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Carrie Lane Chapman Catt 1859 ~ 1947


Carrie Lane Chapman Catt

Mrs. Carrie Lane Chapman Catt, for some years one of the most active and prominent workers for women's suffrage in the United States, was born in Ripon, Wisconsin, on the 9th of January, 1859. Her maiden name was Lane. While yet a child her parents moved to northern Iowa, where her youth was passed.

In 1878 she entered as a student the scientific department of the Iowa Agriculture College, and was graduated therefrom in 1880 with the degree of D.S. She was an earnest student, and attained first rank in her class. For three years she devoted herself to teaching, first as principal of the high school in Mason City, Iowa, from which position she was soon promoted to city superintendent of schools in the same place.

In 1885 she became the wife of Leo Chapman, and carrying out her ideas of the wife as economic helpmate she entered into partnership with him as a joint proprietor and editor of the Mason City Republican. Within a year Mr. Chapman died. Disposing of her paper, Mrs. Chapman went to California where, for a year, she was engaged in newspaper work in San Francisco. In 1888 she entered the lecture field, and for some time spoke only in lecture courses, but the cause of women's enfranchisement soon enlisted her warmest sympathies, and she accepted a position as state lecturer for the Iowa Women's Suffrage Association. Since that time all her energies have been devoted to the cause, and her earnest, logical eloquence has won her many friends. At every convention of the national association she has been called upon as a speaker. As the work for the cause in America has expanded and the suffrage army has grown, Mrs. Catt has come to be more and more acknowledged as one of its generals. Her health having suffered from her constant devotion to the cause, she has gone abroad. She said, on sailing, that it was her purpose to study the possibilities and status of equal suffrage in all of the countries throughout which she passed on her tour of the world, and it is safe to conclude that her deep, powerful voice will be heard in advocacy of the cause as often as possible.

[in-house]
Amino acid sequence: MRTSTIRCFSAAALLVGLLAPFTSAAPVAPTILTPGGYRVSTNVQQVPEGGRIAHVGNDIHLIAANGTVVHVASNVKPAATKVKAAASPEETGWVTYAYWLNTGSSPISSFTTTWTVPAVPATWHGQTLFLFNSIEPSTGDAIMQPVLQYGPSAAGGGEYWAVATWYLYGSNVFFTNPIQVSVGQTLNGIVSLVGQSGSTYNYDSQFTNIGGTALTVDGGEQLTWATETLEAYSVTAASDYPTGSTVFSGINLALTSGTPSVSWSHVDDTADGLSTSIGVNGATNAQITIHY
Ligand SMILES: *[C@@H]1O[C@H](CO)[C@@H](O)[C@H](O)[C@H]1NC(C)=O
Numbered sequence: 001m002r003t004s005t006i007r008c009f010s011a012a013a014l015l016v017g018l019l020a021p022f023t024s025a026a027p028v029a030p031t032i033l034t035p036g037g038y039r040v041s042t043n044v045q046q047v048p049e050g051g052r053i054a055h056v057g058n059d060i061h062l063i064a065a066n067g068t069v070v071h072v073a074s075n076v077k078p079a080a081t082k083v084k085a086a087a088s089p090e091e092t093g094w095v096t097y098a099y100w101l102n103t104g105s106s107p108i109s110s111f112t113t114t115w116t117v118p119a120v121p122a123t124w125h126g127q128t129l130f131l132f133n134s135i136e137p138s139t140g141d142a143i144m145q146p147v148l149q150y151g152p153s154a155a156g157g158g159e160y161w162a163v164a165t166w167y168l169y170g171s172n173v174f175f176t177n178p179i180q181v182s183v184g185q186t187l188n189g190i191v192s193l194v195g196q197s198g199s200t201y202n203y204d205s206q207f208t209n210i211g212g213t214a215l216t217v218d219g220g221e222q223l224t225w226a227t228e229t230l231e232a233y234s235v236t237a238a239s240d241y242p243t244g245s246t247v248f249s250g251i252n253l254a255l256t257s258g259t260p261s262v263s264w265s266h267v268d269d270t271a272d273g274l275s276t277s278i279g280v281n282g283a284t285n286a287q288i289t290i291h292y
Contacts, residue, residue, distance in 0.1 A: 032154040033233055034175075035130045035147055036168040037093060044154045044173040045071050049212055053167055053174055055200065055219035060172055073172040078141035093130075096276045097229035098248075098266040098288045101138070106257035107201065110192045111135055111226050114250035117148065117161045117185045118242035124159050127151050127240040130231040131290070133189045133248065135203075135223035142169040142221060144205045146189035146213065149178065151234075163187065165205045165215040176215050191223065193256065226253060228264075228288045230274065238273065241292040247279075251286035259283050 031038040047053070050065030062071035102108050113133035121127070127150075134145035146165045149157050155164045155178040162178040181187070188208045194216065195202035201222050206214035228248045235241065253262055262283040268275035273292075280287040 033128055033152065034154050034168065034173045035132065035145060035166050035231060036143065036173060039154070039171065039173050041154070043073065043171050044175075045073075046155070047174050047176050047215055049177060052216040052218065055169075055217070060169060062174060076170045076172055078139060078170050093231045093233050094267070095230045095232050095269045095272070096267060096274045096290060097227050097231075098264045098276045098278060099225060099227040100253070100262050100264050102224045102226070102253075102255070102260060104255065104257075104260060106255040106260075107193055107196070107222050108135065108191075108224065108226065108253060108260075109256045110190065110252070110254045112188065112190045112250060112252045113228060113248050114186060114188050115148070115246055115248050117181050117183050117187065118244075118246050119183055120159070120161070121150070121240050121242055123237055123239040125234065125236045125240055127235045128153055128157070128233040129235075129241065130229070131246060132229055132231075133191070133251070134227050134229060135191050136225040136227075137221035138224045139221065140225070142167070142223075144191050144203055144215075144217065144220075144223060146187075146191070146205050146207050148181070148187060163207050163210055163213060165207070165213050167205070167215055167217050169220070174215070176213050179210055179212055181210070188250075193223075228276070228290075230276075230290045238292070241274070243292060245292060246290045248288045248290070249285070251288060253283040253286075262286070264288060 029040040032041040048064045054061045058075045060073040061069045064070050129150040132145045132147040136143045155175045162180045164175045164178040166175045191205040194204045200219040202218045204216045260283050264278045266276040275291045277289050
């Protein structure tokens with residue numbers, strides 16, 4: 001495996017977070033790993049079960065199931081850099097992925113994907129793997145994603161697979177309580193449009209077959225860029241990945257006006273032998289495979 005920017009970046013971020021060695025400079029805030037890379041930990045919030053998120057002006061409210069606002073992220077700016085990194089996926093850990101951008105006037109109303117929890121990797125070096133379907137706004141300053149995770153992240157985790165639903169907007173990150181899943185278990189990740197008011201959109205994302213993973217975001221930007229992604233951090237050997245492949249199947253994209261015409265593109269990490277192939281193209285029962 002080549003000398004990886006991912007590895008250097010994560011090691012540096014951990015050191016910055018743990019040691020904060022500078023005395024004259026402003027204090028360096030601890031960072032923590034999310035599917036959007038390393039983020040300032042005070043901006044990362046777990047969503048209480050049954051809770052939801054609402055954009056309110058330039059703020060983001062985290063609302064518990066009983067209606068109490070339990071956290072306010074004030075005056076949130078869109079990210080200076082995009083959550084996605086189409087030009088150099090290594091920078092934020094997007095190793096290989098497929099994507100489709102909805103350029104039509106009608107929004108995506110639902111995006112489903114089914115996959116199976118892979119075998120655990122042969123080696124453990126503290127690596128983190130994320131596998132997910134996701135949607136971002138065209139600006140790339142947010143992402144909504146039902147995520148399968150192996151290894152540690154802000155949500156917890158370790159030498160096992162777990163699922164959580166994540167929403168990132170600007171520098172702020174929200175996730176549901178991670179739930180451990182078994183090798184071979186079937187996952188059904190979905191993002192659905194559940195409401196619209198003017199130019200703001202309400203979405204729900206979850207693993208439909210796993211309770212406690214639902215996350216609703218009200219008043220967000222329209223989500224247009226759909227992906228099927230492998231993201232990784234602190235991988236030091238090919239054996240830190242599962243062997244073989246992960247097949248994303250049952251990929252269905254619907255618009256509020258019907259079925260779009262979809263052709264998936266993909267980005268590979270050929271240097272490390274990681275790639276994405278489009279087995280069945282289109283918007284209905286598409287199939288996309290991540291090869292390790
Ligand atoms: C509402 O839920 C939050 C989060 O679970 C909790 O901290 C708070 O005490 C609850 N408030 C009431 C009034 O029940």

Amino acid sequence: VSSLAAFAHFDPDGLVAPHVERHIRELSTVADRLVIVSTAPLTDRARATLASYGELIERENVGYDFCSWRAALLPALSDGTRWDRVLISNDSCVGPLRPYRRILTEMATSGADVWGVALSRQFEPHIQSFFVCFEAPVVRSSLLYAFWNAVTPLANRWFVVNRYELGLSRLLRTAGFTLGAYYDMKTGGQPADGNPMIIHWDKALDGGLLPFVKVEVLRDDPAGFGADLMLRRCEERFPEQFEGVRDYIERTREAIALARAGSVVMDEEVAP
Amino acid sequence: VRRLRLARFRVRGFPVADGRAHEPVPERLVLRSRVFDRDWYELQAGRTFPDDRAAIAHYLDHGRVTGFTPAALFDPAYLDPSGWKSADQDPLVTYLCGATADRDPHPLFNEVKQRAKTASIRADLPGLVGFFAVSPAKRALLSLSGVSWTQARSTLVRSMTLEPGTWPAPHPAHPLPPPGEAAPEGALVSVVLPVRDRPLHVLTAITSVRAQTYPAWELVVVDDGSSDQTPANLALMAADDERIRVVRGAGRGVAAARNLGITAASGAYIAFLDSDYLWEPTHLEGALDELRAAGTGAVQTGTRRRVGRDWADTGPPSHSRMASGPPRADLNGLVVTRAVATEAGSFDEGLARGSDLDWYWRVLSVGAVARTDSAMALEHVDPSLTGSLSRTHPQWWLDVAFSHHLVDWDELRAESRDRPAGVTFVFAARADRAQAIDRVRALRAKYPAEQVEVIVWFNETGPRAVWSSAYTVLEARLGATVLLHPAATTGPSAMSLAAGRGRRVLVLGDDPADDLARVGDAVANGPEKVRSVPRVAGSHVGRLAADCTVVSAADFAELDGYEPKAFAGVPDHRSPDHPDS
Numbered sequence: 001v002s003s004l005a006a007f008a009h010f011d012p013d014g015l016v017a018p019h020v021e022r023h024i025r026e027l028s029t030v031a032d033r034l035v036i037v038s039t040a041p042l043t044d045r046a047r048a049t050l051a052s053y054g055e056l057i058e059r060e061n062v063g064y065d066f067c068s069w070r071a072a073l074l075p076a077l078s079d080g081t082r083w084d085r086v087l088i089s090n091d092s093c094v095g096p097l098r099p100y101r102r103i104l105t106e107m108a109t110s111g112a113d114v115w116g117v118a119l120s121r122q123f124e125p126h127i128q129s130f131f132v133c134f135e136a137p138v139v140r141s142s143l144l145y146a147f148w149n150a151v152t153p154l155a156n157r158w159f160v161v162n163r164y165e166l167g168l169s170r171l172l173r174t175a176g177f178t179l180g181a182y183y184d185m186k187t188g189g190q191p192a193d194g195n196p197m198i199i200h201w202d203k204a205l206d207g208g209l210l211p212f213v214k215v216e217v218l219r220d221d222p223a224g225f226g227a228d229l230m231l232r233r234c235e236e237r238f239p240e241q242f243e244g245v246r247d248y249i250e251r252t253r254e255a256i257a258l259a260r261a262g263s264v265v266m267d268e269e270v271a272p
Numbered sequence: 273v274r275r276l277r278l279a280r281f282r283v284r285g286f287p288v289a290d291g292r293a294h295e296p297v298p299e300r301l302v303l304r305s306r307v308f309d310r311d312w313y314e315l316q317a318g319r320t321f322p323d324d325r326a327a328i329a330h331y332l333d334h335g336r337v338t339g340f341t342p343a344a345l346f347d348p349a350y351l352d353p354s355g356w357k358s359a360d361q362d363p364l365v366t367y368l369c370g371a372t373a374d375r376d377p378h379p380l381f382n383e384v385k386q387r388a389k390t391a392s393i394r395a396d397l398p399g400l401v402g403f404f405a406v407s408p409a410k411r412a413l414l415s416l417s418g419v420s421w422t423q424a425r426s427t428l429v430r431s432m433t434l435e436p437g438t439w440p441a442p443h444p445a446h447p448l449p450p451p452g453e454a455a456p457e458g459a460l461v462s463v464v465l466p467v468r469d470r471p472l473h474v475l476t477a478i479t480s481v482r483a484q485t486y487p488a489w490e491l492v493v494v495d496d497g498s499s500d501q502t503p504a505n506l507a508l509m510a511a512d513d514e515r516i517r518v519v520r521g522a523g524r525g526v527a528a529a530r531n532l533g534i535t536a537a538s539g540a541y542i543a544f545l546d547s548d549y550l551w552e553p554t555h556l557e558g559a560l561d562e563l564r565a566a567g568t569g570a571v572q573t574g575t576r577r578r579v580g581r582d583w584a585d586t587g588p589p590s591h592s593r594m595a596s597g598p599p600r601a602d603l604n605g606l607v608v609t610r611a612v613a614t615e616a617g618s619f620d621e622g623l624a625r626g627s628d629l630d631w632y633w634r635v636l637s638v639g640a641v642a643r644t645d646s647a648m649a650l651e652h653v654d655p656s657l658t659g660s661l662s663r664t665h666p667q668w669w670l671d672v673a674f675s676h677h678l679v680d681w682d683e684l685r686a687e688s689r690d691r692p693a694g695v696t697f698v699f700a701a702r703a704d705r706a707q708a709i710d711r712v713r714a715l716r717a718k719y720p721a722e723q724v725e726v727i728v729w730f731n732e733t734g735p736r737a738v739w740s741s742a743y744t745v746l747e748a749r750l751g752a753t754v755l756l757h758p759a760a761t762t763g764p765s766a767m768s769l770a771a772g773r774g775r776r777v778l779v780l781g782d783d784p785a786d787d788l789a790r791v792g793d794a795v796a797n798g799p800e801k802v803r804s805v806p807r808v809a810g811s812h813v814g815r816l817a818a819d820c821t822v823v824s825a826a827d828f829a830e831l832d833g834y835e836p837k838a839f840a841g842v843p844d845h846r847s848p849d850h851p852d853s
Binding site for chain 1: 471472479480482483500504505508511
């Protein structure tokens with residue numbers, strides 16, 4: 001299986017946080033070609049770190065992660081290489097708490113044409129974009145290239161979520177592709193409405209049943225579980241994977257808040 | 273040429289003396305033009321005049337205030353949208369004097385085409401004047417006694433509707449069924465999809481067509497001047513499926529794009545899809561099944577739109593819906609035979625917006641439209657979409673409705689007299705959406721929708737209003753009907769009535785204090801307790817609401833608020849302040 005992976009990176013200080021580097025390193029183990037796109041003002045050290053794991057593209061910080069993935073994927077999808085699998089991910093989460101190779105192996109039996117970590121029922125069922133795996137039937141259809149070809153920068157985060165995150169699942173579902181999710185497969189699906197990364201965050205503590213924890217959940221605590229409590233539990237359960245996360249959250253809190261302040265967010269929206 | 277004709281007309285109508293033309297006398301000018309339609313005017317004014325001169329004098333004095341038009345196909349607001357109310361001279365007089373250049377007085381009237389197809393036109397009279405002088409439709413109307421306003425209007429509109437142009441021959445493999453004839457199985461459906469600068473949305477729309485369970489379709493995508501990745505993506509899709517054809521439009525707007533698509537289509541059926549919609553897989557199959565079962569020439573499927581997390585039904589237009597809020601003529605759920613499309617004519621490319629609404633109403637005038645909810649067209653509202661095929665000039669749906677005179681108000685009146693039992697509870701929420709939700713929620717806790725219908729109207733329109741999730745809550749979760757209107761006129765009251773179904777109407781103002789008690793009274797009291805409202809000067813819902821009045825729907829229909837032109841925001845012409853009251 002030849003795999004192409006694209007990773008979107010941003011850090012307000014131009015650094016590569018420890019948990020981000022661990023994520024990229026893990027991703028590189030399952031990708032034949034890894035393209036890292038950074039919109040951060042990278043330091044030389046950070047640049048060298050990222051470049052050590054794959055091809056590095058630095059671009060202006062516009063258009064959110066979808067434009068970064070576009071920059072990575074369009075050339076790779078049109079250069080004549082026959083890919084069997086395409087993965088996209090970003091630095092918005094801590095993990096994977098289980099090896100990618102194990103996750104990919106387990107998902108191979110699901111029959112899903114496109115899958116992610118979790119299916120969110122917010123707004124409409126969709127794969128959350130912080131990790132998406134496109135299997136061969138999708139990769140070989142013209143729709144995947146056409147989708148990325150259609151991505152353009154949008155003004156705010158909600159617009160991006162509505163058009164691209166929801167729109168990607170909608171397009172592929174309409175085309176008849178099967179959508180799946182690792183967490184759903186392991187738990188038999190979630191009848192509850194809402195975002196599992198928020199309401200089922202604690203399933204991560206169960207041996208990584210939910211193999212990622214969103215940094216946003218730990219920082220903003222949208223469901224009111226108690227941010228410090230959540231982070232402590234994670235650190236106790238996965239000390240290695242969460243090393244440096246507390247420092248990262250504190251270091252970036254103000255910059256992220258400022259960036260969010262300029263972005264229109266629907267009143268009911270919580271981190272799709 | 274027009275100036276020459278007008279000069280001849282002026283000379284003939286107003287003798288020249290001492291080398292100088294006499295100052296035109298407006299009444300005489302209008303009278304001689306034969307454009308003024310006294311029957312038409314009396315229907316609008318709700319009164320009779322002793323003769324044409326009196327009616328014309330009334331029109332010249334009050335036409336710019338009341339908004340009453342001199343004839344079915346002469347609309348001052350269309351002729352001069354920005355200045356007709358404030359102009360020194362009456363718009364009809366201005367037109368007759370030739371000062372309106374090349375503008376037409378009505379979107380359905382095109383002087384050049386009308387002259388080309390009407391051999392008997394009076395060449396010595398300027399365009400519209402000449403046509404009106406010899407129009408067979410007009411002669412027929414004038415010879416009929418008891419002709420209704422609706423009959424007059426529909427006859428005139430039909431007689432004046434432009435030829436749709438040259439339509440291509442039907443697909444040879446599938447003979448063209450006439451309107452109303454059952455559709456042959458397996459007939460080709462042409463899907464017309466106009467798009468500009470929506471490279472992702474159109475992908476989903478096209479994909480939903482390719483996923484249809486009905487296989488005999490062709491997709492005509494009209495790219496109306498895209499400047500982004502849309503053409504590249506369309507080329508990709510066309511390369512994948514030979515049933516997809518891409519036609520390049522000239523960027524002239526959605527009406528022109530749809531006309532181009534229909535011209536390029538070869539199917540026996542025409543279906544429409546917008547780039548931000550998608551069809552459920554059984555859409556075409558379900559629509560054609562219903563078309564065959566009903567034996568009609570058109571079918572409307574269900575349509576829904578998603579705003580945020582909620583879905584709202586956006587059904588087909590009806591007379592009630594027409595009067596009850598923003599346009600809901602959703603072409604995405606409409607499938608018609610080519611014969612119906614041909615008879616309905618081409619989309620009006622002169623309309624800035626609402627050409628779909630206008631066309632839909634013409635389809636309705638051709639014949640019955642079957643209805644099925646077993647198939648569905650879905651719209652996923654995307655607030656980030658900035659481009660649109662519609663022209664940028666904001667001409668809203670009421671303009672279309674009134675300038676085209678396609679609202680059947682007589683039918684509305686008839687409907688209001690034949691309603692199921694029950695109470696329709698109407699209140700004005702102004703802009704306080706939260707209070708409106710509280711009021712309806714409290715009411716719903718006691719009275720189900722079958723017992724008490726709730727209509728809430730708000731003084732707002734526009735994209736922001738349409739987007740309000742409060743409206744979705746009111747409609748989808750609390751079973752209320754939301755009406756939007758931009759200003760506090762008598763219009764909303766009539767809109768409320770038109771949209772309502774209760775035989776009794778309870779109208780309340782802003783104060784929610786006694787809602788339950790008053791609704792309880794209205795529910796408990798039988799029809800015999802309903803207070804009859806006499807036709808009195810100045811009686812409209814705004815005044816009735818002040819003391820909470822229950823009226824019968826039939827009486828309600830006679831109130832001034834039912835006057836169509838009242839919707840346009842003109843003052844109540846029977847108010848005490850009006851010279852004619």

In 1890 she became the wife of George W. Catt, civil engineer of New York City. Her home is in Bensonhurst-by-the-sea, on Long Island.

Women of America

Source: The Part Taken by Women in American History, By Mrs. John A. Logan, Published by The Perry-Nalle Publishing Company, Wilmington, Delaware, 1912.


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